Well this is actually cheaper than I expected. Interesting card and would really benefit for less heat... The Throttling is really the limiting factor in here.
    But yeah, this is expensive for its power as Titans always have been, but it is not out of reach neither. We need 14 to 16nm finvet GPU to make really good 4K graphic cards!
    Maybe in the next year...
    Reply
  • cst1992
    People go on comparing a dual GPU 295x2 to a single-GPU TitanX. What about games where there is no Crossfire profile? It's effectively a TitanX vs 290X comparison.
    Personally, I think a fair comparison would be the GTX Titan X vs the R9 390X. Although I heard NVIDIA's card will be slower then.
    Alternatively, we could go for 295X2 vs TitanX SLI or 1080SLI(Assuming a 1080 is a Titan X with a few SMMs disabled, and half the VRAM, kind of like the Titan and 780).
    Reply
  • skit75
    Interesting move by nVidia to send a G-Sync monitor... So to trade off the lackluster performance over the GTX980, they wanted to cover it up with a "smooth experience", huh? hahaha.

    I'm impressed by their shenanigans. They up themselves each time.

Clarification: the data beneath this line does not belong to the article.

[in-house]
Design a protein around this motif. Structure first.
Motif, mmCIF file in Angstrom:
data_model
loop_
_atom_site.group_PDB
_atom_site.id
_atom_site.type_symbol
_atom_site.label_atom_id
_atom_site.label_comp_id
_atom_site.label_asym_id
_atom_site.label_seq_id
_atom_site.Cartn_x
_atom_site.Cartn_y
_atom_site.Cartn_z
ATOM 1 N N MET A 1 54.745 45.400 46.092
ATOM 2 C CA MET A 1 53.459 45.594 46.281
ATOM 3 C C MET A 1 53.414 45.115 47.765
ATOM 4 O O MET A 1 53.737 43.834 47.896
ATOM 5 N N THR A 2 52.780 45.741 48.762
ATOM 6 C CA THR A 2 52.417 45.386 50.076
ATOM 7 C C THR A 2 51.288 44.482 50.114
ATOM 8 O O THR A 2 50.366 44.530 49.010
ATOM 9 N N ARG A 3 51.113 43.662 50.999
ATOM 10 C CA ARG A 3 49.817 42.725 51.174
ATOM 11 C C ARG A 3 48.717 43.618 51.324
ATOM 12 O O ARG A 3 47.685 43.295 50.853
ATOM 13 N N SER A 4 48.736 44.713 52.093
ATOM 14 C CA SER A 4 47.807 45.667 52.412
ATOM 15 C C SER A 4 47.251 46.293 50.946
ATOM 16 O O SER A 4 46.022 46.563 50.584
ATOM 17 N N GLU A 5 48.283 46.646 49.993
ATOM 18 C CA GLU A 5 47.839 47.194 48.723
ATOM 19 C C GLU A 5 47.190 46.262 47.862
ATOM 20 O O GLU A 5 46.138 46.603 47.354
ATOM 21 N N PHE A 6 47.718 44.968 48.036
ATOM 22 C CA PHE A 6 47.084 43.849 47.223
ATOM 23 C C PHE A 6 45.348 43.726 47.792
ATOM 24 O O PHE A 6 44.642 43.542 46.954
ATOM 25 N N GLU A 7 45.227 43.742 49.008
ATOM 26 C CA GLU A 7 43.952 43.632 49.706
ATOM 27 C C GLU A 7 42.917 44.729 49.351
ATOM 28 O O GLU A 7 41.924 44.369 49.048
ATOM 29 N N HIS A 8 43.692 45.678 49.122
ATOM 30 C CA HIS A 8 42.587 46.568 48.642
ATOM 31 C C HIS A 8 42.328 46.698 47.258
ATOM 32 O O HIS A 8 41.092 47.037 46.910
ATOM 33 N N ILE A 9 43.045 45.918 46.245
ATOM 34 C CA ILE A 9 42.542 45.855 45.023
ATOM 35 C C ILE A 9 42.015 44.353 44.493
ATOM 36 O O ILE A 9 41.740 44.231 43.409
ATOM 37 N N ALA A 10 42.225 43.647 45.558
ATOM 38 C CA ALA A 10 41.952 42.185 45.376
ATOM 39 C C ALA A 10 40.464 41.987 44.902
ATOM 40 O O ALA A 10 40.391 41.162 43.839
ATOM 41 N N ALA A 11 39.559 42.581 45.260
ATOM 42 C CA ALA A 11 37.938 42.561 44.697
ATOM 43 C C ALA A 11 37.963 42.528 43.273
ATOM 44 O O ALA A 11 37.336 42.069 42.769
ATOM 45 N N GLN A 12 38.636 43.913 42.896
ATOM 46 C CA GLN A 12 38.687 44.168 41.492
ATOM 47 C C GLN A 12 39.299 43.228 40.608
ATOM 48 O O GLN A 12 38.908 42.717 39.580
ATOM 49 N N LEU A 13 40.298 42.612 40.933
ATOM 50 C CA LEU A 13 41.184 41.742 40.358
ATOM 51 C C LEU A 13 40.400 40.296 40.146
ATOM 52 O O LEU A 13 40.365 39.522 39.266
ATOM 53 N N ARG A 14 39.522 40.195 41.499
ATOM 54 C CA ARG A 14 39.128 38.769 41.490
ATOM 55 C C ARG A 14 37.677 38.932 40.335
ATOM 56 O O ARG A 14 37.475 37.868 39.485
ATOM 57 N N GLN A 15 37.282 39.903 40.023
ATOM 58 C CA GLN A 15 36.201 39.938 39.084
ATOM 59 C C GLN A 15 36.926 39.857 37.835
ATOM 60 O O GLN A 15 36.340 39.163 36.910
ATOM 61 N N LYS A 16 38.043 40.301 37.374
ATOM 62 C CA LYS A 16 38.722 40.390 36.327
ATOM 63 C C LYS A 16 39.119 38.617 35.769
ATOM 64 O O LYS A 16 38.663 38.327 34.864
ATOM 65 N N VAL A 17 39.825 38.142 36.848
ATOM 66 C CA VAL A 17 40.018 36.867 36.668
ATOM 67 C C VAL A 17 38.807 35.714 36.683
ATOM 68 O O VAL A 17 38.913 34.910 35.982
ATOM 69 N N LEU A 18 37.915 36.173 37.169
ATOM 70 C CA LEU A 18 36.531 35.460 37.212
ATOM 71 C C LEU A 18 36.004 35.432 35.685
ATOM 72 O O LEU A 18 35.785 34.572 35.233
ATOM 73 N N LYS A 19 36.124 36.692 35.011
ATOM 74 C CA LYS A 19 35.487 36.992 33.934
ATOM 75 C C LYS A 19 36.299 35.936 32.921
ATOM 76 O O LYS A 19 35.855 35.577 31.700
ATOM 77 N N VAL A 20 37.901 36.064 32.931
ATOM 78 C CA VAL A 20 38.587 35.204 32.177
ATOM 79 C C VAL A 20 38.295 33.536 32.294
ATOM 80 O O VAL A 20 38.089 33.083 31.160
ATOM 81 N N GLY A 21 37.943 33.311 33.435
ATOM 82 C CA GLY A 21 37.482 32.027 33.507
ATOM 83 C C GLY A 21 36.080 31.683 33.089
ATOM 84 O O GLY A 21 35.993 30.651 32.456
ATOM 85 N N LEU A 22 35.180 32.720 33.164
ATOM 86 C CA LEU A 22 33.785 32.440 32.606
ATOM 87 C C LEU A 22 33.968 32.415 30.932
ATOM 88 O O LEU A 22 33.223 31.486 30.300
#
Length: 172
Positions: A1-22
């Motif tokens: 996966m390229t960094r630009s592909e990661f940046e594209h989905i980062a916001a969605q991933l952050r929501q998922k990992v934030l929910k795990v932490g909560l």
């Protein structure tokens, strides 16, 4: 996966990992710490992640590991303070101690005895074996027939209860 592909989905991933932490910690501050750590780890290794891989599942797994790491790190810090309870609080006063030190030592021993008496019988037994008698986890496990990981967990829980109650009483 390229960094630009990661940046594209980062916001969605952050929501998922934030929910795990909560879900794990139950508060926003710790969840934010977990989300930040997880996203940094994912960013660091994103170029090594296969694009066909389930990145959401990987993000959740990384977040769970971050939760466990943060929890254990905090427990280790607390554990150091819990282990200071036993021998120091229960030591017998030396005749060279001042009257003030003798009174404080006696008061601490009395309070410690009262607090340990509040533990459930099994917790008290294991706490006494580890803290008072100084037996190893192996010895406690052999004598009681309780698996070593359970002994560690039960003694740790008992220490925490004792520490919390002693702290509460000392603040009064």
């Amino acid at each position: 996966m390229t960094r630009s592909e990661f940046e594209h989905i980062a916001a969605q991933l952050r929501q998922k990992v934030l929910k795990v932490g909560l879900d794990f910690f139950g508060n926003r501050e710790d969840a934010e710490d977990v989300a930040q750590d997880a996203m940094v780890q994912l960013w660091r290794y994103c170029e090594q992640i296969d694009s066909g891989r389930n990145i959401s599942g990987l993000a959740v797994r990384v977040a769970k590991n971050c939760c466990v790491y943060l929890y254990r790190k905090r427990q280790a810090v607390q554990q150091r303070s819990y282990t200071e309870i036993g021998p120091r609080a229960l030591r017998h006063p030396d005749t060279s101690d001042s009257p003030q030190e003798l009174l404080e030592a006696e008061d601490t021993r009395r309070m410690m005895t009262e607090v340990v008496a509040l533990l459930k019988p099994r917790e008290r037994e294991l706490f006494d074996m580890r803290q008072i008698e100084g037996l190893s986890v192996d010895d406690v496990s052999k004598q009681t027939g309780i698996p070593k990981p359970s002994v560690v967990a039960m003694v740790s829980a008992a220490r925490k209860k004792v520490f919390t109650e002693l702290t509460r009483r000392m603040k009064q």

In any case, at least this card looks fine for compute.

    Cheers!
    Paying almost double for a 30% increase in performance??? Shenanigans alright xD

    You're surprised? Early adopters always pay the premium. I find it interesting you mention "almost every benchmark" when comparing this GPU to a dual GPU of last generation. Sounds impressive on a purely performance measure. I am not a fan of SLI but I suspect two of these would trounce anything around.

    Either way the card is way out of my market but now that another card has taken top honors, maybe it will bleed the 970/980 prices down a little into my cheapskate hands.
    Reply
  • negevasaf
    IGN said that the R9 390x (8.6 TF) is 38% more powerful than the Titan X (6.2 TF), is that's true? http://www.ign.com/articles/2015/03/17/rumored-specs-of-amd-radeon-r9-390x-leaked
    Reply